Not only do new industries related to technology like AI open new career paths, such as those specialising in data science, but it will also modify those which already exist. 

So, what should matriculants be considering when deciding what route to take?

For highly academic individuals, who are exceptionally strong in mathematics, data science is definitely the way to go. There is, and will continue to be, massive demand internationally as well as locally, with Element-AI noting that there are only between 0 and 100 data scientists in South Africa, with the true number being closer to 0.

In terms of getting a foot in the door to become a successful data scientist, practical experience, working with an AI-focused business, is essential. Students should consider getting an internship while they are studying or going straight into an internship, learning on the job and taking specialist online courses from institutions like Stanford University and MIT as they go.

This career path is, however, limited to the highly academic and mathematically gifted, but the technology is inevitably going to overlap with all other professions and so, those who are looking to begin their careers should take note of which skills will be in demand in future, versus which will be made redundant by AI.

In the next few years, technicians who are able to install and maintain new technology will be highly sought after. On the other hand, many entry level jobs will likely be taken care of by AI – from the slicing and dicing currently done by assistant chefs, to the laying of bricks by labourers in the building sector.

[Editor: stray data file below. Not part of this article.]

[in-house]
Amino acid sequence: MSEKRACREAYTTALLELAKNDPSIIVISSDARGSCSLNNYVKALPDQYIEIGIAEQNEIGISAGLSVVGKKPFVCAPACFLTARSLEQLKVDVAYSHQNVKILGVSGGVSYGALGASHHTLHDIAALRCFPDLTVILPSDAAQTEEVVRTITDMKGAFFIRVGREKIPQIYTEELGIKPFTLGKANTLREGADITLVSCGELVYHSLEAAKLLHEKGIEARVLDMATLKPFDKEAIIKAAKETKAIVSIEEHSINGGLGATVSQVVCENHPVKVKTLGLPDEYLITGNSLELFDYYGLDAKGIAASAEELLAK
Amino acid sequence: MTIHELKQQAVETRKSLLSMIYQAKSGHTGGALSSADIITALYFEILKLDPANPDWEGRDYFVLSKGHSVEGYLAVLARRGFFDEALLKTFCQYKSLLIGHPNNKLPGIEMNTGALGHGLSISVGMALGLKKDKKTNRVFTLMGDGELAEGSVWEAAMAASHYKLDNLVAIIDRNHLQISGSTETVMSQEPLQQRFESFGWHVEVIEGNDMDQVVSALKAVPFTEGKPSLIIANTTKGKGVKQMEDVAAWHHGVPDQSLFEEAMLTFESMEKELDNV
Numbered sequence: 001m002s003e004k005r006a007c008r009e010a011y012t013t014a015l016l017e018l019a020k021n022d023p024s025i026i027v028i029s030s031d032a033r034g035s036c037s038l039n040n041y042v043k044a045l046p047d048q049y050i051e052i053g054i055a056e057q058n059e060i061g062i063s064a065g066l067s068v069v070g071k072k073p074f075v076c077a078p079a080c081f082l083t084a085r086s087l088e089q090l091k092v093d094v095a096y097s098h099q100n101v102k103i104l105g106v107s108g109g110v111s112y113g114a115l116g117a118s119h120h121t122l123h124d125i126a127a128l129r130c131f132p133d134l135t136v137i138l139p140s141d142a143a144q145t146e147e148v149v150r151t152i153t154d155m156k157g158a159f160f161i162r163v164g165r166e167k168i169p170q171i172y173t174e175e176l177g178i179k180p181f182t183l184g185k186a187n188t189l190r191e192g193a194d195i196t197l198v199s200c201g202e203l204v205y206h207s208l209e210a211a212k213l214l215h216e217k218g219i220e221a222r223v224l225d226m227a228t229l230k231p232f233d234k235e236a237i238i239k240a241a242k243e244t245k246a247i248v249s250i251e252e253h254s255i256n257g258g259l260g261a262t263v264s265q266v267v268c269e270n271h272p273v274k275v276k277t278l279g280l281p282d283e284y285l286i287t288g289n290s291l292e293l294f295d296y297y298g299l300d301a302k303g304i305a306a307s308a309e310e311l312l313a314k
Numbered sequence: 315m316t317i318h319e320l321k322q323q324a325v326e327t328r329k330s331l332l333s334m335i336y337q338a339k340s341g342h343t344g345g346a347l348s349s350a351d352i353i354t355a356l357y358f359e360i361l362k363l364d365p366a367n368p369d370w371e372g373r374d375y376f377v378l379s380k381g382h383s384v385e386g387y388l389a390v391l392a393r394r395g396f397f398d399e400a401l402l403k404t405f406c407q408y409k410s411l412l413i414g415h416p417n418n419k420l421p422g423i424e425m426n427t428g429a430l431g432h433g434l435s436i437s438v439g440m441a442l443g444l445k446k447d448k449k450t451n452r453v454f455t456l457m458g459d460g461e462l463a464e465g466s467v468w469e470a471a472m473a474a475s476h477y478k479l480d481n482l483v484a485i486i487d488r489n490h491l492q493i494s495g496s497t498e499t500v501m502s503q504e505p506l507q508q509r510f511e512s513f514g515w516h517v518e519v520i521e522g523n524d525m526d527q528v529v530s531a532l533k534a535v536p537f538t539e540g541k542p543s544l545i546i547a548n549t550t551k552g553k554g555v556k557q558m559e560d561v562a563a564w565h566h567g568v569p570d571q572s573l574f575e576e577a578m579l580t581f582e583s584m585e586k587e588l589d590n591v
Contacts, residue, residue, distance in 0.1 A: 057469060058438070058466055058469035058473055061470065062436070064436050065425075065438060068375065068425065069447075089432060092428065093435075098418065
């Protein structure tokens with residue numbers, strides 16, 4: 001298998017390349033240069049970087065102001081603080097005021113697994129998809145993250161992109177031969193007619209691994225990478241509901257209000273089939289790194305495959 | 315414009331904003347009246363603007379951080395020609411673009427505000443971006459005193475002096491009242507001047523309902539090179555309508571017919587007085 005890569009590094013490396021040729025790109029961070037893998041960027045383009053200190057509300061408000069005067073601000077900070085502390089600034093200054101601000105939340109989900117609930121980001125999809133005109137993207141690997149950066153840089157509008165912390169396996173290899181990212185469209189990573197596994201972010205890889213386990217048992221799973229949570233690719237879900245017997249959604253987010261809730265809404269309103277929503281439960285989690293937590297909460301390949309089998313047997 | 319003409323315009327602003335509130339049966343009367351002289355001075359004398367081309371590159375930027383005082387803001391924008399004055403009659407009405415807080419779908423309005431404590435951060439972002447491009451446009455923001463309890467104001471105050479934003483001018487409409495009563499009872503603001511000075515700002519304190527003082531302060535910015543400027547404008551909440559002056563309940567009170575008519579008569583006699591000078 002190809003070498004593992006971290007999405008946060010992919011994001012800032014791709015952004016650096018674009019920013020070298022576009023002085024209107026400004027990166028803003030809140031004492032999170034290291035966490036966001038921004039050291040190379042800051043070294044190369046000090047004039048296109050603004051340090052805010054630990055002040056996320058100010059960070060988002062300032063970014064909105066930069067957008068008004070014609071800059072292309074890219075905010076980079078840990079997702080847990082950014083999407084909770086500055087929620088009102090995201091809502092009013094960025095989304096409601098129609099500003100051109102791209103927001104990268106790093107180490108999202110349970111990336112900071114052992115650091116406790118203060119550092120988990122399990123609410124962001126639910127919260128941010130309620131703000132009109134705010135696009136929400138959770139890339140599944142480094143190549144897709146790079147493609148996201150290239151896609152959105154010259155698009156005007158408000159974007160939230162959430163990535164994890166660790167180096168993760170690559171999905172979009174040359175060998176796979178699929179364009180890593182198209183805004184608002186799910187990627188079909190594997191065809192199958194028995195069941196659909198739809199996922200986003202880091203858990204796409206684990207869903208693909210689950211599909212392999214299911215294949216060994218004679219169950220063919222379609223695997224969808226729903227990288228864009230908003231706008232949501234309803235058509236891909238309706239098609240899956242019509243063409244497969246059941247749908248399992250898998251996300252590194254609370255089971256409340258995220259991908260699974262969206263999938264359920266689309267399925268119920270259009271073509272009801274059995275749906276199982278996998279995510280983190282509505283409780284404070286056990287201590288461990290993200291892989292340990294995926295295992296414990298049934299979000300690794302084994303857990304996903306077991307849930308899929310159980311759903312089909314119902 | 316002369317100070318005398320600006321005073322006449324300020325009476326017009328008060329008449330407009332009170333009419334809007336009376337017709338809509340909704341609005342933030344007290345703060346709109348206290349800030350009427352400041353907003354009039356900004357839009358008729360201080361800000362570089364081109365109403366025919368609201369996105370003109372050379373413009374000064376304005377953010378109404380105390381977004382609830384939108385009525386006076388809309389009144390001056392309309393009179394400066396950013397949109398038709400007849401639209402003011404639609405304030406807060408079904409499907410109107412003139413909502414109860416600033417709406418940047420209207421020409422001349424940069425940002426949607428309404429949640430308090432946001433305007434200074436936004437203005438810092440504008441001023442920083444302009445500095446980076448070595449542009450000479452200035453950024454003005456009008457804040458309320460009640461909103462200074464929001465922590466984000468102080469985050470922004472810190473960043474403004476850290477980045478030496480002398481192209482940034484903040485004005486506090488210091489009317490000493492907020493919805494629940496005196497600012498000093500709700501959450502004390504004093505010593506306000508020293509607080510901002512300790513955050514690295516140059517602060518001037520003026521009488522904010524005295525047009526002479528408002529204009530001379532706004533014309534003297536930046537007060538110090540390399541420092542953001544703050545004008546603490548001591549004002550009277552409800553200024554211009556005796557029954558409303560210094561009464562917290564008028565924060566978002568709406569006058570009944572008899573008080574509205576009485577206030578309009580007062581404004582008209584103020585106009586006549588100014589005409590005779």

As a rule, students should be looking at the skills required for the job one step up from an entry level position and working towards developing these. Those training to be journalists, for instance, should work towards the skill level of an editor and a bookkeeping trainee, the role of financial consultant.

This also means that new workforce entrants should be prepared to walk into a more demanding role, with more responsibility, than perhaps previously anticipated and that the country’s education and training system should adapt to the shift in required skills.

The matric classes of 2018 have completed their schooling in the information age and we should be equipping them, and future generations, for the future market – AI is central to this.

Continue Reading

Trending

Copyright © 2018 World Wide Worx